So, I think its only fitting that I re-start this whole blogging business with a continuation of the facebook conversation that convinced Elizabeth and I that we REALLY needed to start to blog again, like SERIOUSLY – which was about this article on Harry Potter (spoilers – although honestly, if you haven’t finished the Harry Potter series AND haven’t been spoiled AND care, you are a rare specimen and I would like to hear from you the story of how you came to be in this situation): http://globalcomment.com/2011/in-praise-of-hermione-granger-series. Which I loved, and agreed with on many points, but which I also think misses the mark in a couple places.
This paragraph is where I think it really went off the rails:
Dumbledore, memorably, falls in love with a younger man in the third installment. Other female characters were introduced, and developed beyond stereotype; we learned to value McGonagall as much as Dumbledore, to stop slagging Lavender Brown off as clingy and gross because she actually wanted her boyfriend to like her, to see the Patil sisters and Luna as something other than flaky, intuitive, girly idiots. Unbelievably, even Ginny Weasley got an actual personality.
First of all, the part about Dumbledore feels gratuitous to me. Mainly because most of the teachers are presented as sexless, and generally without lives outside of school – or if they have them, we never see it. Now, as I think about that, its interesting because one of my favorite things about My So-Called Life is that the parents are real people, with sex lives, and lives in general beyond what the kids see. And I would argue that maybe one of the shortcomings of the book is that the teachers are only teachers – multidimensional, complicated personalities with histories, but not people with regular lives. We’re given the impression that none of them have spouses or children or lives outside of Hogwarts. But given that choice, its not strange that Dumbledore falls into that pattern.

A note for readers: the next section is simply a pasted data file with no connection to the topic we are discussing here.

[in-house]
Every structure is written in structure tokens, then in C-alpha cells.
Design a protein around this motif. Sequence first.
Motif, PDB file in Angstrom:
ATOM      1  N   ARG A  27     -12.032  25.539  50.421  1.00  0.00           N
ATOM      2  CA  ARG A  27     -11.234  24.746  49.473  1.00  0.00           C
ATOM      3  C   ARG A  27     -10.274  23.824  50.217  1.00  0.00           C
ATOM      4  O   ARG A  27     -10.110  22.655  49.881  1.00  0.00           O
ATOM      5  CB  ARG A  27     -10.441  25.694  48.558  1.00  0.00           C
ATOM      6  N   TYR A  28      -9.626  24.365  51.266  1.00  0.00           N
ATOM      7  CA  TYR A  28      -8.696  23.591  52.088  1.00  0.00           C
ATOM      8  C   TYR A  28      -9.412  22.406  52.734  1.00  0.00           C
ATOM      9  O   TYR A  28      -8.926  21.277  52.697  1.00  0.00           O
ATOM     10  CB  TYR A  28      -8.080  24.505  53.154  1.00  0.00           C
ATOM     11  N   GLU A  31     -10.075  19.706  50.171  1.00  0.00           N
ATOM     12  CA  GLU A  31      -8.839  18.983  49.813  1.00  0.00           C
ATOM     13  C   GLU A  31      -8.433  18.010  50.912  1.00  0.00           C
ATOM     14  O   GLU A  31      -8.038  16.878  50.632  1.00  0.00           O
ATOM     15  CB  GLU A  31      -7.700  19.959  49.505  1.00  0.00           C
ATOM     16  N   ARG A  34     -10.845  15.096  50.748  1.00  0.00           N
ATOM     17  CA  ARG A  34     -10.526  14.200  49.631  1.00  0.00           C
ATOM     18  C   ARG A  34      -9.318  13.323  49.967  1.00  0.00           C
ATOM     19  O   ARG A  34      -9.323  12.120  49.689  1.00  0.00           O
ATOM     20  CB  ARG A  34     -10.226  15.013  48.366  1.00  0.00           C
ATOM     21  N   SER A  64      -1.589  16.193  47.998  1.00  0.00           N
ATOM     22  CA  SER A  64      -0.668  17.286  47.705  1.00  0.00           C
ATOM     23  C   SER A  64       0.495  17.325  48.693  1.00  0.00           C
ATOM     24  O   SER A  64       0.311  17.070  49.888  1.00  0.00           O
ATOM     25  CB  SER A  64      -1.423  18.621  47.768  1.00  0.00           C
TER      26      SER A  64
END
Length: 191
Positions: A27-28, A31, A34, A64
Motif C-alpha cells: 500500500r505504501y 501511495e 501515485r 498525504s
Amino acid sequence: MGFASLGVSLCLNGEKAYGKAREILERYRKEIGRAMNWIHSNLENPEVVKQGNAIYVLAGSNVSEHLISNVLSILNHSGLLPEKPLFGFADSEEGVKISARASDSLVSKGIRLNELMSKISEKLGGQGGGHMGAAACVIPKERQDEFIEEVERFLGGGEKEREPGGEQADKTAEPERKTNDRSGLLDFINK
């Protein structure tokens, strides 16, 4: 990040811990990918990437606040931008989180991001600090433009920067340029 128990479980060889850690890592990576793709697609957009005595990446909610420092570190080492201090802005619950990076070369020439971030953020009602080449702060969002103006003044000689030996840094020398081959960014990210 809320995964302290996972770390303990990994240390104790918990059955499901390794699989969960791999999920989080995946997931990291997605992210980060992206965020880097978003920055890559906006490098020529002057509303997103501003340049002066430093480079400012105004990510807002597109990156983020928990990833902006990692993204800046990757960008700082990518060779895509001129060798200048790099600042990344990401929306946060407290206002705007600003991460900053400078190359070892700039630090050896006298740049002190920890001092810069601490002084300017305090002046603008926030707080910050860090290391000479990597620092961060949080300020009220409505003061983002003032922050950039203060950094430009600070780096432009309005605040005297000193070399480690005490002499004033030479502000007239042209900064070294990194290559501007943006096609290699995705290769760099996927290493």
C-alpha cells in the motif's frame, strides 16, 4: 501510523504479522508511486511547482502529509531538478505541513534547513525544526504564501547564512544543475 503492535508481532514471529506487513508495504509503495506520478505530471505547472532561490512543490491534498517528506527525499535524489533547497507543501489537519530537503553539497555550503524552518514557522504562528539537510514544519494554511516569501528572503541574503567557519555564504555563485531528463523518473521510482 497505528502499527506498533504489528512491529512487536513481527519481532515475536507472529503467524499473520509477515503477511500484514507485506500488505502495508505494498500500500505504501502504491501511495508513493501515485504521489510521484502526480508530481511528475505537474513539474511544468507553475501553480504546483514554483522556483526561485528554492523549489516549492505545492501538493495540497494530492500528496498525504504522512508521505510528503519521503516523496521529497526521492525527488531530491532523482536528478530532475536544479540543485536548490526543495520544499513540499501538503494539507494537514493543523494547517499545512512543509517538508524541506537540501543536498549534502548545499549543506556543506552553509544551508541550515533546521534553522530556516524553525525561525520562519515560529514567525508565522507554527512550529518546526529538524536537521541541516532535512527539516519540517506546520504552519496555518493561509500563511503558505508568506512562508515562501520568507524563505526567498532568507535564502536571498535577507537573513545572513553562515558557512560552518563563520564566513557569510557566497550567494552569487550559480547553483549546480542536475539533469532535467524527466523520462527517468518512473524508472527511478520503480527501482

Second, on Lavender: one of the (many many many) things I love about Book 7 is that some of the characters we had seen in one-sided ways (in part because we see other kids at school, especially non-main characters, generally through Harry’s eyes) are presented with respect and with more dimensions in a way that makes it clear that a) they are not as one-dimensional as they might have seemed to us/Harry b) that maybe they never were that one-dimensional, and c) that everyone has grown and changed which makes sense as they’re teenagers. Is the portrayal of Lavender while she’s dating Ron problematic? In some ways, yes. But its also realistic, and since there are a variety of female characters shown in a variety of ways, Lavender doesn’t get to me as much. Same goes for the Patil sisters, and even earlier for them – I think the way get appropriately mad at Harry and Ron at the Christmas Ball in book 4, and then deal with the situation by saying screw you guys and going off to have fun is great. Are they gossipy and in certain ways a stereotype of teenage girls? Yes. But they’re also intelligent and self-confident. Its not that simple, and I appreciate that.
Third, are you seriously suggesting that Ginny Weasly didn’t get a personality? She’s awesome. By mid-series, she knows herself well and has grown into that in a realistic and self-analytical way. She’s very confident, obviously very smart, has a wicked sense of humor and no shame. I think the way in which she stands up to her brothers when they get upset about her dating life is excellent and frankly a rare portrayal of a teenage girl who’s got a very clear sense of her own right to date or not date whomever she pleases based on her own desires and comfort levels. Throughout the series after Book 2, Ginny deals with being consistently underestimated not by getting discouraged or losing confidence, and not by feeling a need to prove herself, but by simply doing her thing and letting other people catch on (or, you know, be on the recieving end of a bat bogey) themselves. She’s one of my favorite characters and I don’t know how you can say she has no personality.